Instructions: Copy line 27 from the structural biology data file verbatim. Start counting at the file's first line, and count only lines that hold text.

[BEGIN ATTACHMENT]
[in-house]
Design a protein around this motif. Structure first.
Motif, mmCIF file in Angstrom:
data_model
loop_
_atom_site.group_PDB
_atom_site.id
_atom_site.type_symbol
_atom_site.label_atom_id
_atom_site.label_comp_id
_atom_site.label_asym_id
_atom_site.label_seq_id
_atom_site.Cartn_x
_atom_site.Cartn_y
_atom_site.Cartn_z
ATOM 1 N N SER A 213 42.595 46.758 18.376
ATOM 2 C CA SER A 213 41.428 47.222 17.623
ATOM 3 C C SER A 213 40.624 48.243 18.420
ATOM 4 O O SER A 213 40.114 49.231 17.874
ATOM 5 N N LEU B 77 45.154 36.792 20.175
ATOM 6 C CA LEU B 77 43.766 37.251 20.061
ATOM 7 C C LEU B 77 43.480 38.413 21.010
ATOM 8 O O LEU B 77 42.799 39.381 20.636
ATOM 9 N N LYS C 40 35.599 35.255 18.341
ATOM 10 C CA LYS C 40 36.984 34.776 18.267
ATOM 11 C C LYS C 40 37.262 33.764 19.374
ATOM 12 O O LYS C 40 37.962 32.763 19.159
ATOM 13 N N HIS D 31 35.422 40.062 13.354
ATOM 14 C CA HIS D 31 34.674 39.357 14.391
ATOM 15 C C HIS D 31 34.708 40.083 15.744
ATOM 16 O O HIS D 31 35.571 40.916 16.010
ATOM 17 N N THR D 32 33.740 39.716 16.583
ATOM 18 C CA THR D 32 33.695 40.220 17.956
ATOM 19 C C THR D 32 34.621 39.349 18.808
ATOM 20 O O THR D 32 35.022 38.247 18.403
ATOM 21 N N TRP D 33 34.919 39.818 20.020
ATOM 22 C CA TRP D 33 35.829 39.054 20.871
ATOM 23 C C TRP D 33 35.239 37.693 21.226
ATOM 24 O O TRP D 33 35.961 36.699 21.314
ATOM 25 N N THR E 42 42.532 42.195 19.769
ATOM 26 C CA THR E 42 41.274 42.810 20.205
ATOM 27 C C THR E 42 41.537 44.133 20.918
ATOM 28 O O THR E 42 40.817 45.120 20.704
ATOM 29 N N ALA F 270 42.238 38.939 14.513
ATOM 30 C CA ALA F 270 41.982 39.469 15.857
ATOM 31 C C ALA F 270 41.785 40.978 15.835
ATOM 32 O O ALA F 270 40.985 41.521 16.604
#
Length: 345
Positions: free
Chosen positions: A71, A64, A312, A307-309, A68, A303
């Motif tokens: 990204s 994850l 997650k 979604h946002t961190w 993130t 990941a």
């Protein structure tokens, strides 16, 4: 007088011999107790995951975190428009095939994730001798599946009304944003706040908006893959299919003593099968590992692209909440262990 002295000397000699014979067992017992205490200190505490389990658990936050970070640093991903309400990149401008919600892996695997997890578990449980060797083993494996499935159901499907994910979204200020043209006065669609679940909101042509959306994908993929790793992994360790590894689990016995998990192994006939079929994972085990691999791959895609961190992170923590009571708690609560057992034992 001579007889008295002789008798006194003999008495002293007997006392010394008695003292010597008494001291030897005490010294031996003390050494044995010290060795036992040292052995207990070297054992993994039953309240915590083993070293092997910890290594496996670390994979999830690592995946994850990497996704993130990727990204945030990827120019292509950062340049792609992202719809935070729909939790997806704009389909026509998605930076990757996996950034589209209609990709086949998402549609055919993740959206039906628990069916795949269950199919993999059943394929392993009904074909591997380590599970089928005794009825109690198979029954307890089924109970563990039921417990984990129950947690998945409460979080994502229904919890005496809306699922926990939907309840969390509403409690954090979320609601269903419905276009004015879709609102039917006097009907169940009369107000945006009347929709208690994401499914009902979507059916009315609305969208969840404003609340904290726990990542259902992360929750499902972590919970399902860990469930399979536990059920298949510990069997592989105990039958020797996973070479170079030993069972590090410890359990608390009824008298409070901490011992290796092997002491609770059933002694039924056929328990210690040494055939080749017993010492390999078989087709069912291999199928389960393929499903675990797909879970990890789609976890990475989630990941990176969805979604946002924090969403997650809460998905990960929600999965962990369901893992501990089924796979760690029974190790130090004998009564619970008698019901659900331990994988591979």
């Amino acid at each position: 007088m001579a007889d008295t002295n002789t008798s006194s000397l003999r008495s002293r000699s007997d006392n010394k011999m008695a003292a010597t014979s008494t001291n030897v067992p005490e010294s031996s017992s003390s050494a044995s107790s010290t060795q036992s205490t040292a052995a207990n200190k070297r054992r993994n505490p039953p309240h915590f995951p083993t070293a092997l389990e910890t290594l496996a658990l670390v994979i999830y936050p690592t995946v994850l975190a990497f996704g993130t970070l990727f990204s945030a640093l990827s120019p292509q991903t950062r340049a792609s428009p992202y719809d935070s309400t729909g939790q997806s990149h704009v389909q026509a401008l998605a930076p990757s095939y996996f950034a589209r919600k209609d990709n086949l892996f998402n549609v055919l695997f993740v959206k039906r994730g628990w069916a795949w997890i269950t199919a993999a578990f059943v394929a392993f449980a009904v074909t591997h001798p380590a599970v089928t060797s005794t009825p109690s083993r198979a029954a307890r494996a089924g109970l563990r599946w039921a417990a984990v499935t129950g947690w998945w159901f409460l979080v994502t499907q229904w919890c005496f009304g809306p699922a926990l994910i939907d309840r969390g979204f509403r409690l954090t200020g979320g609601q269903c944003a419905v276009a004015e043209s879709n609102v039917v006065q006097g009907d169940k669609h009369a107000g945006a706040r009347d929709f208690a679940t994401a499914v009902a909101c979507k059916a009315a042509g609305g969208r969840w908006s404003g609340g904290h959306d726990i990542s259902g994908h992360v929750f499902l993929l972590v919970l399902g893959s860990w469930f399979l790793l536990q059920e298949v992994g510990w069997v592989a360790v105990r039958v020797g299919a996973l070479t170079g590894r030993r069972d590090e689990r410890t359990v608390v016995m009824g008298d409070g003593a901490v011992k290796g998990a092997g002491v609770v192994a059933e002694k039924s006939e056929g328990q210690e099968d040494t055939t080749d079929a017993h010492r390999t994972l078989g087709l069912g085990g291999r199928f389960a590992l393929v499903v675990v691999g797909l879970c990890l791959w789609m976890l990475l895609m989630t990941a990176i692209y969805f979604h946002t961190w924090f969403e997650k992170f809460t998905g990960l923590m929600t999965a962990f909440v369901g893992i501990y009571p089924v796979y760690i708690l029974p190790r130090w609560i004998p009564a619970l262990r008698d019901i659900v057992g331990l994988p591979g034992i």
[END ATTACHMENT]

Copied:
ATOM 12 O O LYS C 40 37.962 32.763 19.159